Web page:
Telling the Children about Divorce

I grieved at the thought of telling my children that we were getting a divorce. I knew this would rock their little worlds. Forever change their story. I stayed in a destructive marriage for many more years than I should have, primarily because I didn’t want to turn their world totally upside-down. It hurt this mama’s heart.

But what they were seeing and the way we were living was destructive to them, too.

I was dying a slow and painful emotional death and was becoming a shell of a person. I was having to deny the abuse that was taking place just to cope and get through the day.  I numbed every part of my heart. It was too painful otherwise. They were seeing all this, as well as the angry, disrespectful, and manipulative way that my spouse treated me.  They would think this was a normal way for a man to treat a woman, and would likely repeat the pattern.

When I decided to divorce my abusive and narcissistic X2B, I went to an adolescent counseling center and got some advice on how to tell the kids we were divorcing. Here were their general suggestions: Continue reading

Helping a Child Survive Divorce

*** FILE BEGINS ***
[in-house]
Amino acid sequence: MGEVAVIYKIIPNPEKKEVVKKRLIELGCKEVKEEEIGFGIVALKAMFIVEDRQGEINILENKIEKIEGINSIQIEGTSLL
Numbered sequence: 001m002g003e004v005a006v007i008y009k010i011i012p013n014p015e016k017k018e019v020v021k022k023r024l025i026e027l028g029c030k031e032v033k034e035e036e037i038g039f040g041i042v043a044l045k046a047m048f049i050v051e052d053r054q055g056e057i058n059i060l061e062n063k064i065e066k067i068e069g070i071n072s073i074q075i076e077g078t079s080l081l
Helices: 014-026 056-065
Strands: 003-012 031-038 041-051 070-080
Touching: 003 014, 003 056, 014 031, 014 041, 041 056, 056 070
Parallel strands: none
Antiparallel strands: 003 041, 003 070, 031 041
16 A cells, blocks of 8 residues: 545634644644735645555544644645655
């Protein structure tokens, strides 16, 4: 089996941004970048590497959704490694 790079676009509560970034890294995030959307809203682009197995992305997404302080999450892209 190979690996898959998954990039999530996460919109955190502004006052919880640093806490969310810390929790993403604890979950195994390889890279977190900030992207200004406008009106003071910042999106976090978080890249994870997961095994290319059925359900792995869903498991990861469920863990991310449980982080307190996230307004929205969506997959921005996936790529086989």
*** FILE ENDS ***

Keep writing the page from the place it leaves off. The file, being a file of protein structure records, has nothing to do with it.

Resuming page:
Guest blogger Dr. Mary Ann Shaw is a child expert who has written two books, Helping Your Child Survive Divorce and Your Anxious Child.   I’m grateful for her contribution to this blog.

Helping a Child Survive Divorce

“Helping a child survive divorce” is a misnomer to begin with. Children do not “survive” divorce as it is an on-going event. Divorce starts when children are usually young. They have a life-time of dealing with the divorce off and on through different stages they go through. While the stigma of divorce may not be in the forefront, it is there. Ways to handle divorce largely depend on the child or children. Honesty without information is the best policy.

“We as parents are going through changes in our feelings for each other. We have talked about moving apart from each other.” Now comes the tricky part. How do you convince the child or children that one is not moving away from them, physically and emotionally?   The younger the child, the harder it is for them to understand closeness when not physically close. This is when you search for a parallel situation for explanation. You can use the concept of loving feelings for grandparents even though they don’t live with you. Best friends are loved but not living with you. It is important that this concept is made. A fault a lot of separating parents make is going into how situations really won’t change.

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